On Thursday afternoon the Environment Committee took evidence on the mayor's draft Air Quality Strategy. The main witness was Environment Adviser Isabel Dedring who is well liked and respected across the political spectrum at City Hall. Inevitably the discussion focused on the Low Emission Zone and plans to clean up diesel vehicles in the capital.
Although the Low Emission Zone covers the whole of the Greater London Area - give or take some unusual boundary quirks - the main problem is in the centre of town. There are pollution hotspots at major road junctions - Tower Hill, Marble Arch, Euston Road, Trafalgar Square and all along the Victoria Embankment. Heathrow Airport clearly shows up on the pollution map, but strangely there is no corresponding hotspot at London City Airport, although an increase in the number of jets may create one in future.
Against this evidence, I expressed surprise that successive additions to the LEZ restrictions would apply in outer London. Harefield, Enfield, Bromley and Havering all register the lowest levels of air pollution, yet owners of agricultural vehicles, motorised horse boxes and mini buses will all have to make expensive alterations to their vehicles, or even replace them, although those vehicles never go near the polluted areas. This seems unfair and - not surprisingly - I'm getting complaints from residents.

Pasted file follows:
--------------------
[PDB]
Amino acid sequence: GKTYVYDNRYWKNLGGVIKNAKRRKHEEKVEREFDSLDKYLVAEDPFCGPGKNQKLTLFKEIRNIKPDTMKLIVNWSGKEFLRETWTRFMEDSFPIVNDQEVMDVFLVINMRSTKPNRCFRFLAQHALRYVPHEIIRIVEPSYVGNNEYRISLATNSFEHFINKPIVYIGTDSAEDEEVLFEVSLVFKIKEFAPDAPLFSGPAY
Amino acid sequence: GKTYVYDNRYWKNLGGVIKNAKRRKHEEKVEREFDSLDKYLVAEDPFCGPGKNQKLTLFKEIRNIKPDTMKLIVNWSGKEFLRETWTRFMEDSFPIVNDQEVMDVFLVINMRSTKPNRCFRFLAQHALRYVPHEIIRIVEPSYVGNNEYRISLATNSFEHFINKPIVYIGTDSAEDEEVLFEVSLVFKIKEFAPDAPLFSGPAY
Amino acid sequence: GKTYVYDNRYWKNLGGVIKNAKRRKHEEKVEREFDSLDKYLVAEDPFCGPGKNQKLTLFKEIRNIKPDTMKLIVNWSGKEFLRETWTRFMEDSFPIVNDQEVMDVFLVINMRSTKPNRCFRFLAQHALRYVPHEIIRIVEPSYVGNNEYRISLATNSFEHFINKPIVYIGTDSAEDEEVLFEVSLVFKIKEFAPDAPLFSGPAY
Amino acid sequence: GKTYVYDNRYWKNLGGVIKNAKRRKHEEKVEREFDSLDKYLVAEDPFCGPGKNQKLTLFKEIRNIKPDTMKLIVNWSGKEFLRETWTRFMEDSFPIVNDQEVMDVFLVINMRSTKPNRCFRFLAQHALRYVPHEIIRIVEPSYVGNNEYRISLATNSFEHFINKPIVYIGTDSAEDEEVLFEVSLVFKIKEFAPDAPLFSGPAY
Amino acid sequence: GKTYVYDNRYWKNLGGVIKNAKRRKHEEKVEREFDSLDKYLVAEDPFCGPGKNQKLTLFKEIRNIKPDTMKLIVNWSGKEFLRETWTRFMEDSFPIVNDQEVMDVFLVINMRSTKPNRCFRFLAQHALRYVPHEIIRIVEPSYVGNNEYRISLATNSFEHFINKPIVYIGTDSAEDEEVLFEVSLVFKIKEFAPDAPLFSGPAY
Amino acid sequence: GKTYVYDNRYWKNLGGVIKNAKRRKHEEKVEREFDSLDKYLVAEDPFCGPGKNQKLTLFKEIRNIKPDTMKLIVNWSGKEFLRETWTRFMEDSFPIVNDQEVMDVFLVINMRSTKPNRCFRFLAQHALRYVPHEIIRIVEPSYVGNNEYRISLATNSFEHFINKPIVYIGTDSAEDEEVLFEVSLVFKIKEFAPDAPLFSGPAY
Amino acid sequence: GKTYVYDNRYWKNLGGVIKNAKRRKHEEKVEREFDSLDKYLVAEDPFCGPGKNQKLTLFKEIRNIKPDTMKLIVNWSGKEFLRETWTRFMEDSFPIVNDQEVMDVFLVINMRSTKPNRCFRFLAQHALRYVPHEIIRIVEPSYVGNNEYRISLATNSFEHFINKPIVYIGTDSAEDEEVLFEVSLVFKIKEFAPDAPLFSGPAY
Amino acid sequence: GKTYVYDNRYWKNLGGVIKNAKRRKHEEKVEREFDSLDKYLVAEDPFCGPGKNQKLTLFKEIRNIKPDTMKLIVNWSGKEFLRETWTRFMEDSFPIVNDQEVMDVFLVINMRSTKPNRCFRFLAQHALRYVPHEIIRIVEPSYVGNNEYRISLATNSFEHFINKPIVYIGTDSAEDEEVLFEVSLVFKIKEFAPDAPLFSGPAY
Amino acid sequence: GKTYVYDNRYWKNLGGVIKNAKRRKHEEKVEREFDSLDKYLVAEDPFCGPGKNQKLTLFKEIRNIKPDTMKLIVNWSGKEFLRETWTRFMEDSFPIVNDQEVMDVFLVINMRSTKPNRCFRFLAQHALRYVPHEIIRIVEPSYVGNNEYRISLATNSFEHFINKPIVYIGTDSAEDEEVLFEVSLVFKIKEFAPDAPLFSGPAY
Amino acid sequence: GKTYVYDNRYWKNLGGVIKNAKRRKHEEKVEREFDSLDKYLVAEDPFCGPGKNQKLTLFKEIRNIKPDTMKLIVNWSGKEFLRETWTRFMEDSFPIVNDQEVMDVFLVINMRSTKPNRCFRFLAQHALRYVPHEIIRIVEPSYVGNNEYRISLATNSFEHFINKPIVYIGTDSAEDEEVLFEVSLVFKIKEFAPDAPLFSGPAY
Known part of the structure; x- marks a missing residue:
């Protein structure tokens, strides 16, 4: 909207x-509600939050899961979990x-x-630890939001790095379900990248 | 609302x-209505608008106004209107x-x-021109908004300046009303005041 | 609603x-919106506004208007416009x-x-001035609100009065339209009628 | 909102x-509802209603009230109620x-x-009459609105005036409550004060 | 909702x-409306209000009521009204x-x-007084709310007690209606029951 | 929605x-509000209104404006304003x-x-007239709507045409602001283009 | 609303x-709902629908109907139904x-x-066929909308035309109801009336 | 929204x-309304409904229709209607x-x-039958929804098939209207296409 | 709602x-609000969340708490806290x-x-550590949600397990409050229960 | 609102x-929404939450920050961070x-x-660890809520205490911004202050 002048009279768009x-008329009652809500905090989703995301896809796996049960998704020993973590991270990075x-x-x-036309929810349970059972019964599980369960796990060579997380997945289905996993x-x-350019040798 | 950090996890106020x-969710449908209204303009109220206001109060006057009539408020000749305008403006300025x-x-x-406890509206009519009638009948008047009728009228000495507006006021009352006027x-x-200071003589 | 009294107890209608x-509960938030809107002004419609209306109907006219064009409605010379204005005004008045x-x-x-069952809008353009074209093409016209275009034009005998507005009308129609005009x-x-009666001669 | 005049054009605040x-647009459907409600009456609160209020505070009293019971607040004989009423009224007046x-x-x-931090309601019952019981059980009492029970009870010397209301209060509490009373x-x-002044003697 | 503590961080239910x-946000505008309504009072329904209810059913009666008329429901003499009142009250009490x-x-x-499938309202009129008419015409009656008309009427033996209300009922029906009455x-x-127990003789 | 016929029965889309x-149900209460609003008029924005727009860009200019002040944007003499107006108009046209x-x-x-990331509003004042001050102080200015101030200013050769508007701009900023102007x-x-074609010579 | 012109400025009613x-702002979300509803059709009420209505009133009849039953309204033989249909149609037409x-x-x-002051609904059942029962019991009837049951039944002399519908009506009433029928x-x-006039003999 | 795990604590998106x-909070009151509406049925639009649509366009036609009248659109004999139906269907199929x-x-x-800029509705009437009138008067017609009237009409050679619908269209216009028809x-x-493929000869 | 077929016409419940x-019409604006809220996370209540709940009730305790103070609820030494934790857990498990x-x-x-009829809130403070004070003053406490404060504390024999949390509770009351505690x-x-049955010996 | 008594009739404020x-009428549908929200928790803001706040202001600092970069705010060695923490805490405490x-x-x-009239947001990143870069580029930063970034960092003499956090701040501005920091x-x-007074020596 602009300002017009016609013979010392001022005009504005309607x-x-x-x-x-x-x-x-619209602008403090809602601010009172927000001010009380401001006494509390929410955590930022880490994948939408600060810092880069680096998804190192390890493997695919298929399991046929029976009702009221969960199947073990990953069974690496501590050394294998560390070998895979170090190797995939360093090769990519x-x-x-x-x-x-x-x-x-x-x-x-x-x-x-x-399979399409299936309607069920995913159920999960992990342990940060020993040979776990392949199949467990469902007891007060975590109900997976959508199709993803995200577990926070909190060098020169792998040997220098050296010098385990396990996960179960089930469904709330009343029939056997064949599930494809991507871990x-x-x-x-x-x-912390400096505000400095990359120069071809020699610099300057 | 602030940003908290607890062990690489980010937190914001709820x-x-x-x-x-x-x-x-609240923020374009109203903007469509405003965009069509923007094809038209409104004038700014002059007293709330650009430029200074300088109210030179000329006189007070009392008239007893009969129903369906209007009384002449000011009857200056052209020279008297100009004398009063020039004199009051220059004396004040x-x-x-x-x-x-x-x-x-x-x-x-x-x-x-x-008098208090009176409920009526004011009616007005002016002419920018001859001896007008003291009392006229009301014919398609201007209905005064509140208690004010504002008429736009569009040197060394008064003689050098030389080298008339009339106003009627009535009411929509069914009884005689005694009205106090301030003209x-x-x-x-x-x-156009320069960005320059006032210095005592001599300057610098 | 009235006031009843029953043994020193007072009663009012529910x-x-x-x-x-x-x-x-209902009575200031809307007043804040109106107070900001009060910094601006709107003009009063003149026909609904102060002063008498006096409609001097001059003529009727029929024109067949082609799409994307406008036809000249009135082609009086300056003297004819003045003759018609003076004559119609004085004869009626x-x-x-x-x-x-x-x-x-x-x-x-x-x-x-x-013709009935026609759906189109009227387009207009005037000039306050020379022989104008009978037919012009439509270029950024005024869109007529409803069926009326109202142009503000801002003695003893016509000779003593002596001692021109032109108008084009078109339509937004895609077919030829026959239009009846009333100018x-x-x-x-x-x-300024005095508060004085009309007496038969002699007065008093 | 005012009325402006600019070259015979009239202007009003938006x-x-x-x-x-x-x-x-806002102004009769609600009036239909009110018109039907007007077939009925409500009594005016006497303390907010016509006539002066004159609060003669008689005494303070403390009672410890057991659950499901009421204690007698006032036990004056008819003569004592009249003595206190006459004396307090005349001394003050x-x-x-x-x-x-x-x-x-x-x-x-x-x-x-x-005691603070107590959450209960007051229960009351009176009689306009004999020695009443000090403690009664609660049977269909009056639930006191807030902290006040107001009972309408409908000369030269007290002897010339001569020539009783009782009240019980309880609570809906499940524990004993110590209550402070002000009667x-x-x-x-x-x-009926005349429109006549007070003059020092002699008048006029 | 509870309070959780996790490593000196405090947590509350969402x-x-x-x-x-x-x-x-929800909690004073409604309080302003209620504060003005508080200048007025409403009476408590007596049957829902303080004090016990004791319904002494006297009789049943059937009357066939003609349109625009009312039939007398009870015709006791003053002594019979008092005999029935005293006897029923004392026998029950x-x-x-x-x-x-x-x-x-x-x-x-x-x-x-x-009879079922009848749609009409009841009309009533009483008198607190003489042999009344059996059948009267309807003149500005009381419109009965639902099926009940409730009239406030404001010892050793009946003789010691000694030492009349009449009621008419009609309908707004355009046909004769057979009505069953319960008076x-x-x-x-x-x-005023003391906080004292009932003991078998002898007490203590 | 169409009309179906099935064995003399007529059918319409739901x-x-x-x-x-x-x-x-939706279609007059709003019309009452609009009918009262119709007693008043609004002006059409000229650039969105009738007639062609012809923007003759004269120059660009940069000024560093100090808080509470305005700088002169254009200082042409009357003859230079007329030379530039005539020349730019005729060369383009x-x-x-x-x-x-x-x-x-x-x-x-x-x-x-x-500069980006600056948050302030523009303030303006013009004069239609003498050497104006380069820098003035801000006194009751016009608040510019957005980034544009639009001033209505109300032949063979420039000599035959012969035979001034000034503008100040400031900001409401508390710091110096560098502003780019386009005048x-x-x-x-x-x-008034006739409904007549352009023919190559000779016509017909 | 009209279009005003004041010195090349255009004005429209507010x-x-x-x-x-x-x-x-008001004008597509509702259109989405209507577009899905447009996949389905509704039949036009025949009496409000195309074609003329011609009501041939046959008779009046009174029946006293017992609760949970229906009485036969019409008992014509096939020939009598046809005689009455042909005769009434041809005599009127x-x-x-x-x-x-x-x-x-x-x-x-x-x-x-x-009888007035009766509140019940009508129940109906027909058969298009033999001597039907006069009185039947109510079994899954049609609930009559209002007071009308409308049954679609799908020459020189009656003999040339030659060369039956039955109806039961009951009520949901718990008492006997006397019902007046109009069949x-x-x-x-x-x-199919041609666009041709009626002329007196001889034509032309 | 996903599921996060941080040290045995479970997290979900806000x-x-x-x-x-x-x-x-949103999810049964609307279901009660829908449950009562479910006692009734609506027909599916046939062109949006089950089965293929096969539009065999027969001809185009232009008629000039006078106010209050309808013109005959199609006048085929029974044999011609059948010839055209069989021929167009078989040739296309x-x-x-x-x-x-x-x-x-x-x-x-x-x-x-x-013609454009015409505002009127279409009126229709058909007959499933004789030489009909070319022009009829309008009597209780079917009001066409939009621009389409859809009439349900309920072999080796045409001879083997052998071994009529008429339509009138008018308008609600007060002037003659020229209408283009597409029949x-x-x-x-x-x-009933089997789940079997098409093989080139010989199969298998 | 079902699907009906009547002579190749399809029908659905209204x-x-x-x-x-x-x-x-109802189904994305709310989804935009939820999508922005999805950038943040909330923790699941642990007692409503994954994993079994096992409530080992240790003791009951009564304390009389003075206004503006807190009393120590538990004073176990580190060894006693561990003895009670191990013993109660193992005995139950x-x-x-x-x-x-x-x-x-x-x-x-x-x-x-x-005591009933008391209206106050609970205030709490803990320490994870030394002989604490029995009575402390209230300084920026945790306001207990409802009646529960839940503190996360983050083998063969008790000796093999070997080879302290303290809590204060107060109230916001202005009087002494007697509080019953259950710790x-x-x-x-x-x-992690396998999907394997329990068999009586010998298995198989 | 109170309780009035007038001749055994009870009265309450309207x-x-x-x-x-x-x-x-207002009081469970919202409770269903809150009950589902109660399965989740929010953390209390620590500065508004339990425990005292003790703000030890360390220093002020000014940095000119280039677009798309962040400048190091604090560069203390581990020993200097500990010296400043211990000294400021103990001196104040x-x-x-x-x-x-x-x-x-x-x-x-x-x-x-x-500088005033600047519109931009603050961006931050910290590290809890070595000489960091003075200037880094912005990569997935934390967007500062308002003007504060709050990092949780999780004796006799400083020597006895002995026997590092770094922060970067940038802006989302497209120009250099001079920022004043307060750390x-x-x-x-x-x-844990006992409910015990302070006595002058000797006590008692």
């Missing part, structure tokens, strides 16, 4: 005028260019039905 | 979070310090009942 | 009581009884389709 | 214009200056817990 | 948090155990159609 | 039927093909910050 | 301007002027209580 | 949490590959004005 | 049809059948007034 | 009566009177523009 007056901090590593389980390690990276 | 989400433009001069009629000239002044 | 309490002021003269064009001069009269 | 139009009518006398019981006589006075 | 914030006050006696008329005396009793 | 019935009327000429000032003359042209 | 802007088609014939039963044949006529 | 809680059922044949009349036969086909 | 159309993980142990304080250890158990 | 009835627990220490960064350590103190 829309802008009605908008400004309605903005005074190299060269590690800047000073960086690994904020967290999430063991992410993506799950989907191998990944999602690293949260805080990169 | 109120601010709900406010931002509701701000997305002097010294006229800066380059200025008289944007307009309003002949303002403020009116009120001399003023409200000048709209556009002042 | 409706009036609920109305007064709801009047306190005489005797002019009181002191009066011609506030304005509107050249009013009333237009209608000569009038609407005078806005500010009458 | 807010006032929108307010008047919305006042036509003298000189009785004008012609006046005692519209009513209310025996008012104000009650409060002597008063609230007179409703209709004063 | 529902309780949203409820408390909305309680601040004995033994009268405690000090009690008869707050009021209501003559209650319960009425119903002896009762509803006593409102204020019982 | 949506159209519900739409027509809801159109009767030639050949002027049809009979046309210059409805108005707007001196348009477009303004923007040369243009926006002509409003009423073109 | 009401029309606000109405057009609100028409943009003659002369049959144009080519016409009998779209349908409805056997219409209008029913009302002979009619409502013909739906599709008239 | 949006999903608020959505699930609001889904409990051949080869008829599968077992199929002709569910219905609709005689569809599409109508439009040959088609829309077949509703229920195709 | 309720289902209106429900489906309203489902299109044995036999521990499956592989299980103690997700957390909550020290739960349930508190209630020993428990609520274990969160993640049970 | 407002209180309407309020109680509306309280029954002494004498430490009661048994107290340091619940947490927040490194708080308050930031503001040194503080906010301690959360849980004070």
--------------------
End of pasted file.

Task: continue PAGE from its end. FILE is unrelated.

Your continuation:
Also known as PM10 emissions, these form a fine micro dust in the air we breathe and can irritate the lungs, particularly affecting asthma sufferers. The top three sources of PM10s in London are:
Black Taxi exhausts
Light goods vehicle exhausts
Tyre and brake wear from private cars
The move from petrol to diesel - encouraged by fuel prices and tax incentives - has led to more particulates whilst reducing carbon dioxide emissions. As particulates are more harmful than CO2 the tax regime looks perverse in large cities like London.
The strategy targets goods vehicles and black cabs but Isabel admitted that the particulate traps fitted to cabs had been less effective than predicted in many cases. I remember this being a hotly contested issue a couple of years ago when I raised cabbies' concerns with Livingstone. The Public Carriage Office did some tests which proved the modifications worked, Livingstone accused me of stirring up trouble and the whole thing was forgotten. It seems that there was a problem after all...
The main polluter is nitrogen dioxide, a brown gas which is poisonous and has greater global warming effects than carbon dioxide, but the definition also includes nitrous oxide which is unstable and converts to nitrogen dioxide over time by combining with naturally occurring oxygen.
The three biggest polluters in London are:
Domestic gas boilers
Heavy goods vehicle exhausts
Private car exhausts
The new particulate traps being introduced for buses and HGVs also aim to reduce nitrogen oxide emissions.
The domestic boilers are a different problem, requiring planning law changes and retrofits. Decentralised power generation - meaning small power plants closer to homes - also has the potential to increase nitrogen oxide pollution. It is acknowledged that biomass boilers, which are included in many environmentally friendly developments, are more polluting than gas. When it comes to saving the world and cleaning London's air there are no easy choices and some of the solutions are contradictory.